Tom Hanks & Rita Wilson go meat-free on Mondays to support Macca’s Organization

Just Jared made us aware of this story about the video above that Tom Hanks and Rita Wilson posted. It’s their pledge to become a meat-free household on Monday nights. Meat Free Mondays is an idea that has been growing in popularity in the recent years but has been around much longer than that. The idea was popularized by noted vegetarian, Paul McCartney, whose Meat Free Mondays organization is celebrating its 10-year anniversary this year. The idea is very simple, you pledge to not consume any meat one day every week. The day is arbitrary, Monday just made the neatest slogan. Paul and his daughters Mary and Stella have been vegetarians for decades. Linda McCartney was a big advocate for vegetarianism as well, even starting her own vegetarian frozen food line before her death. They became vegetarians out of concern for the animals. The campaign, and what Tom and Rita are pushing, also notes the environmental benefits that reducing our meat consumption would have:

Doing without meat is good for the planet and the animals we share it with, but it’s also good for…

Our health

Well, yeah, it’s nice to do with less meat – those who aren’t full-fledged vegans or vegetarians. No meat on Monday, its’ actually a very simple and easy thing to do. Let’s do it, honey.

The Meat Free Monday’s website has numbers about the environmental and health impact giving meat up one night a week would have. It’s a pretty compelling argument and, as Tom said, it’s not a really difficult goal to make. I am a big – and by big I mean wanted-to-name-my-son-after* – fan of Paul’s and have been since I was 10 years old. When Linda died, he asked us fans to honor her by going vegetarian. I tried, I made it a week. But I can do this. I can go meatless one day a week, especially after reading the statistics. Tuesday was Paul’s 77th birthday, which I assume has something to do with the timing of Tom and Rita’s posting. I’m willing to pledge this as a birthday blessing to both him and the organization. What do you say, join me?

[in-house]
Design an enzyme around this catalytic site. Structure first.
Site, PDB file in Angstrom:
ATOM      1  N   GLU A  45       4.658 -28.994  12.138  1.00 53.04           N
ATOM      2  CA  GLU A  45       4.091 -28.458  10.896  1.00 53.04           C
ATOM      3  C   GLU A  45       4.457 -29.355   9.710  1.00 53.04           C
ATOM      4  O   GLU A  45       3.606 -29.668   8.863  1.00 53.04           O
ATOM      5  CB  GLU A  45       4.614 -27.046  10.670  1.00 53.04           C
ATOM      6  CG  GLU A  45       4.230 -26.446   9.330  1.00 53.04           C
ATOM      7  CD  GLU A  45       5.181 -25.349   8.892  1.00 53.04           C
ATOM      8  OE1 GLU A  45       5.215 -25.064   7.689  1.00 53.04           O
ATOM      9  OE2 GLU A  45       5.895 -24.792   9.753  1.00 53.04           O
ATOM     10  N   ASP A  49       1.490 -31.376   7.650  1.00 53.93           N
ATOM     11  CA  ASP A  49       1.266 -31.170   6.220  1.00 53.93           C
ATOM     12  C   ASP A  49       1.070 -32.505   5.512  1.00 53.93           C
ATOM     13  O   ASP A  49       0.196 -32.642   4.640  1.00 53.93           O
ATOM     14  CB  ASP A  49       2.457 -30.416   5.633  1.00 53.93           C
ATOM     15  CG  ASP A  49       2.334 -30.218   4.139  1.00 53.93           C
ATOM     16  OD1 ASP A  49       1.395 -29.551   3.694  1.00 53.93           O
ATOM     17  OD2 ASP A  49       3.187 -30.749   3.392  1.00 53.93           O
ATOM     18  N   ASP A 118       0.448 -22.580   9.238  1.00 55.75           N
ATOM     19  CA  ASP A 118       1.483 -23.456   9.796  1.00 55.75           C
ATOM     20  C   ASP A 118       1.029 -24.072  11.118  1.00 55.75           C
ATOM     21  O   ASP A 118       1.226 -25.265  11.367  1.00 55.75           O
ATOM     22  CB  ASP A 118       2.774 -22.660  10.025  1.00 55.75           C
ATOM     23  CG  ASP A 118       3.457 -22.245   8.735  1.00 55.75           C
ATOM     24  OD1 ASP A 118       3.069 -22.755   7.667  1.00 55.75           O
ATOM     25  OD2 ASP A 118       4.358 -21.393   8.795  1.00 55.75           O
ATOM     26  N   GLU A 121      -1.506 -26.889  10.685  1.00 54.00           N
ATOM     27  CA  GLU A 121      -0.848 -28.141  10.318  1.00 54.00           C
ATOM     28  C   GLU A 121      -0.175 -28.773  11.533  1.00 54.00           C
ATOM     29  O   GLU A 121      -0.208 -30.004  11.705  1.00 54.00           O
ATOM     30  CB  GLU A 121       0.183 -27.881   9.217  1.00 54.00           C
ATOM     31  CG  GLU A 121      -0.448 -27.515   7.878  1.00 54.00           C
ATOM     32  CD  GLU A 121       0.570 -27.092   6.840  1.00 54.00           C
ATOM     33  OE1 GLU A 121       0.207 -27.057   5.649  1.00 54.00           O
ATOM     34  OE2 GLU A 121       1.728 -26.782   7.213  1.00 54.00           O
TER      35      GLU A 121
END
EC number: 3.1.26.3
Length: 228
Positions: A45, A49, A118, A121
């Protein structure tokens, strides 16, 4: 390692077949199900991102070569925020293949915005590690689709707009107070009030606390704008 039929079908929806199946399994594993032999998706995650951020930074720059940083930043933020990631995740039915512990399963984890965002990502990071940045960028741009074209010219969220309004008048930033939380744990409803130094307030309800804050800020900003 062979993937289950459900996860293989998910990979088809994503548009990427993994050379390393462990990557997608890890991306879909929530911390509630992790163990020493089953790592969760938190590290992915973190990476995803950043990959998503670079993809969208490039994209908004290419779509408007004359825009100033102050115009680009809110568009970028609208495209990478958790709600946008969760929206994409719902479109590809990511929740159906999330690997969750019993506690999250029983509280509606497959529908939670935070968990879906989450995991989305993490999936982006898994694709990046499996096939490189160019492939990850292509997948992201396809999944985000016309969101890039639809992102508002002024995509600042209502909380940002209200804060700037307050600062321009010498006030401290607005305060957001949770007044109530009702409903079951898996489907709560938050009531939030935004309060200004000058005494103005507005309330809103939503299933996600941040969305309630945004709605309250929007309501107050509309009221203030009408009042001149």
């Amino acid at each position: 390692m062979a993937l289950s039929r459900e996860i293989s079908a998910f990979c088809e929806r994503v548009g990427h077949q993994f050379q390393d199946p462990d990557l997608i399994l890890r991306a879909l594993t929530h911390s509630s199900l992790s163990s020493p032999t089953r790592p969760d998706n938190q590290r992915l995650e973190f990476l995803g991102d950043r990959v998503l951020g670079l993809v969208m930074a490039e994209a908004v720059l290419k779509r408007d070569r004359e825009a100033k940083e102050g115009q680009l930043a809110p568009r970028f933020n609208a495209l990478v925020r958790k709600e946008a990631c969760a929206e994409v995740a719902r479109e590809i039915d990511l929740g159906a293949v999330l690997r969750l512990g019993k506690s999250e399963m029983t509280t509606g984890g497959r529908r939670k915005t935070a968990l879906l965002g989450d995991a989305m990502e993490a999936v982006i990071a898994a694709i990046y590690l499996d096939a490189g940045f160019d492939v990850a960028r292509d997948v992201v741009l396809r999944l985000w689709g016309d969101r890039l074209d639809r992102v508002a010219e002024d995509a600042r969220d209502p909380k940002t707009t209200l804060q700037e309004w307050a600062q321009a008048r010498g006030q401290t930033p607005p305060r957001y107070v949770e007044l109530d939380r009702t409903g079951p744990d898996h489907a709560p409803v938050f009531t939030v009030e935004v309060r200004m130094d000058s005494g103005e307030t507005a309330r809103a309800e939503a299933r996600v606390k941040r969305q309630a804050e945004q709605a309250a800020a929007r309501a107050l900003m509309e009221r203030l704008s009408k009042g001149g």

Legit question – do I need to feed my dogs vegetarian fare that day, too?

*the reason we did not name our son after Paul had to do with his initials would be something kids would tease him about in the locker room. We named a cat after Paul instead… and gave the cat my last name

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Photo credit: WENN photos and Twitter

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45 Responses to “Tom Hanks & Rita Wilson go meat-free on Mondays to support Macca’s Organization”

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  1. Becks1 says:

    I try to do this (I’ll go through phases of being more successful and then I get lazy about meal planning.) But when I’m thinking about it, its not really hard. The big thing for me to be aware of is things like “don’t use chicken broth” in the soup, or something. But honestly with the internet there are SO many recipes out there for vegetarian meals that when I am trying to do it, its really easy. I just need to be better about meal planning in general right now.

  2. OriginalLala says:

    I’m vegetarian so everyday is meatless Monday for me, but it’s honestly a great initiative – I have several friends and family members who started with one meat-free day and eventually made their way down to only eating meat once a month or so!
    I used to love meat, but then I watched videos from factory farms, slaughter houses and livestock auctions and could never eat meat again. Now i volunteer weekly at a farm sanctuary and I swear, it’s not hard to stop eating meat when you focus on the victims of the farming industry.

    • Gil says:

      I totally agree with you. The problem is not people eating meat but the big amounts that people is consuming everyday. I only eat meat two times a month and it’s because I feel better when I don’t eat meat. When I eat meat I feel bloated and heavy. I hope this Meatless Monday trend becomes more popular, it’s totally doable also good for the wallet since meat is kinda expensive

    • LoveBug says:

      Meatless Mondays is a small step, but it is better than nothing.
      The amount of land needed to raise animals, could be used instead to grow lentils and feed a lot more people for a lot less and with minimum negative impact on the environment.